Community Service
George Szamuely
New York Press


Last June 12 I was at Manhattan Criminal Court entering a guilty plea to the charge of "petit larceny." I was fined $4000 and sentenced to 200 hours of community service. This was a deal worked out in advance by my attorney and the District Attorney’s office. Four thousand dollars is not a huge sum of money, but it was well beyond my limited resources. With jail time looming as a distinct possibility, my friend Taki was forced to step in to help me out.

In the end, it was not a bad outcome. I have a criminal record now, but "petit larceny" is a misdemeanor, not a felony. As for the 200 hours of community service, that did not sound especially burdensome. I was sure to be done with it by the time of my next court date in September.

There was one problem, though. I had to find the nonprofit institution for which I would work by myself. Naturally, I thought of the most interesting places first. What about the museums? I called MOMA. They were not looking for volunteers. I called the Metropolitan. They welcomed volunteer applications. But there were no openings at present. Perhaps in a couple of months. That was no good. How would I explain to the judge why I had put in so few hours? That I was waiting for an interesting job to turn up? I could imagine the response: "Community service is supposed to be punishment, not a source of enjoyment."

So museums were out. What about helping children? I called a few places. There was a possibility of tutorial work. But that would only be, at most, two hours a week. One day I passed a local community center. I went in and asked to see the volunteer coordinator. "Yes, there is work to be done here," she explained. "Cleaning out the swimming pool. Cleaning out the toilets. Does that sound interesting?" "Well, can I get back to you on that?"

With the September court date now looming, I was getting desperate. Then someone suggested I apply to a hospital. I made an appointment at Bellevue and was offered the position of "friendly visitor." My job, it turned out, would be to visit patients and chat with them. Afterward I was to write short reports about the people I visited. "Write what exactly?" I asked my immediate supervisor. "What do I know about their medical condition?" "You don’t have to worry about that," she responded. "You just write about how they feel and what they talk about."

Still somewhat baffled, I showed up on my first day expecting to be issued a list of patients to see. Instead, my supervisor left a note, informing me that she was not in and would not be in for a week. She told me report to the nurses’ stations and ask to see patients.

I did, only to encounter the incredulous stares of the nurses. Why do you want to see the patients, they asked a little suspiciously. "Because I’m a friendly visitor. I’m here to chat with them." I was given a few names, along with the bed numbers where they could be found. One was asleep. One could not speak a word of English. And a third was far too sick to see anyone. Back to the nurses’ station to ask for a few more names. The next batch was no better. One was with his family. Another seemed to be on medication, for he was mumbling gibberish. A third wanted to know why I was so anxious to talk to him. "I’m a friendly visitor, here to help make you feel better," I replied, trying to adopt the cheerful, upbeat tone of the professional hospital worker. Without a word he returned to his tv. I tried to engage him in conversation, but he was not interested. I had only been in for half an hour and had already worked my way through six patients.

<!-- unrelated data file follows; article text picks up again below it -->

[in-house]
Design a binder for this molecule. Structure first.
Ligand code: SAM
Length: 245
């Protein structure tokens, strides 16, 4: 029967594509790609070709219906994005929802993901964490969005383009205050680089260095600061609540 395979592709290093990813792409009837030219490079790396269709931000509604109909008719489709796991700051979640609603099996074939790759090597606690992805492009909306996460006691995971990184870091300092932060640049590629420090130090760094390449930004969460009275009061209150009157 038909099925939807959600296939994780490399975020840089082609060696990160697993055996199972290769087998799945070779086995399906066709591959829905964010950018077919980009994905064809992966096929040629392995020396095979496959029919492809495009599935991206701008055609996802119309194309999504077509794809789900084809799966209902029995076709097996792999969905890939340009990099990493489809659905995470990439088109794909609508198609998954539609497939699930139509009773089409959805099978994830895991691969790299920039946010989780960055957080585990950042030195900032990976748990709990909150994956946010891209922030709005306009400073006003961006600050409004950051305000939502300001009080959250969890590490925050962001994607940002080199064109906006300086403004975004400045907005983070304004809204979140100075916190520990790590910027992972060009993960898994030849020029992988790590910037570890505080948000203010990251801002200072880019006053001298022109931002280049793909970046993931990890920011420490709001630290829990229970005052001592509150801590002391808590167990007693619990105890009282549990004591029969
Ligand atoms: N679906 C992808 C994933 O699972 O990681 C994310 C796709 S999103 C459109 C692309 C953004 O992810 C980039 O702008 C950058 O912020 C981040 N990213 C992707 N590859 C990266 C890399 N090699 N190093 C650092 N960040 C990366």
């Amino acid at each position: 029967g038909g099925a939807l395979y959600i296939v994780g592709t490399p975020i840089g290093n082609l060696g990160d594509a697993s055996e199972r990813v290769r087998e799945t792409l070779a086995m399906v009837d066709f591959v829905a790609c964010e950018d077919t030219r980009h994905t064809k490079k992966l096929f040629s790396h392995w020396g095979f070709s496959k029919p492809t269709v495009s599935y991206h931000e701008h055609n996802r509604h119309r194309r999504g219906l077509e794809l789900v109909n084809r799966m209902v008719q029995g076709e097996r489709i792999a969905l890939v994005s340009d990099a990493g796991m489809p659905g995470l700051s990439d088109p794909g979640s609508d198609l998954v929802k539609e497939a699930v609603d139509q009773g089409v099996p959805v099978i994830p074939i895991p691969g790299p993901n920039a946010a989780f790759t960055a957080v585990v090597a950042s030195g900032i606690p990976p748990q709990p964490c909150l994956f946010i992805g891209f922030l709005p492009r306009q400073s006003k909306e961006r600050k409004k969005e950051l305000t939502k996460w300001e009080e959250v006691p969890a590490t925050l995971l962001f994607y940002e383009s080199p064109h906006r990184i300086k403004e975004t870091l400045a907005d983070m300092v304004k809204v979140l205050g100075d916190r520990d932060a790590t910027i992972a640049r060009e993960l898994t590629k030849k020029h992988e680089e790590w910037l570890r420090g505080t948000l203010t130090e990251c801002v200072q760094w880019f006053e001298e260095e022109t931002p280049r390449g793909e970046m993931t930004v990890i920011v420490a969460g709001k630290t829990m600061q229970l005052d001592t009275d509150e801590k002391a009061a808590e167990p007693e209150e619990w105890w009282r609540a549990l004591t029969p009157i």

I was now in a quandary. I could go back to the nurses and ask for more names. But I did not want to annoy them. They, unlike me, had real jobs to do. I could go home. But my shift was supposed to last three hours. So I opted to patrol the corridors in the hope of finding a patient who appeared to be well enough to speak, and speak in English.

Soon I felt like some kind of a predator pouncing on poor, unsuspecting sick people – who would much rather watch television than talk to a complete stranger – just so that I could get my community service time done. Twice a week I would go through the same routine. It got to the point that I was happy if I could sit with a patient and watch Judge Judy with him. After about three weeks the head of the volunteers’ department left a message asking me to call her back immediately. She had just returned from her vacation and she sounded annoyed. Was she appalled by my inane reports? Had the nurses complained that I was a nuisance? Was I depressing the patients, rather than cheering them up?

No, she was agitated that I was signing in and out at the hospital front desk, not at the volunteers’ office. She needed to keep track of my movements, she told me. Why I could not fathom. She had no dealings with the court. Evidently she suspected that I was not putting in the hours I claimed to be putting in. As a matter of fact, I had been scrupulously honest. But this was the last straw. It was time to move on. As the September court date drew near, I rehearsed in my mind the excuses I would offer the judge as to why I had fallen so woefully short of the 200 hours. The judge was not very interested, and merely set another court date for December.

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All articles reprinted with permission from the New York Press


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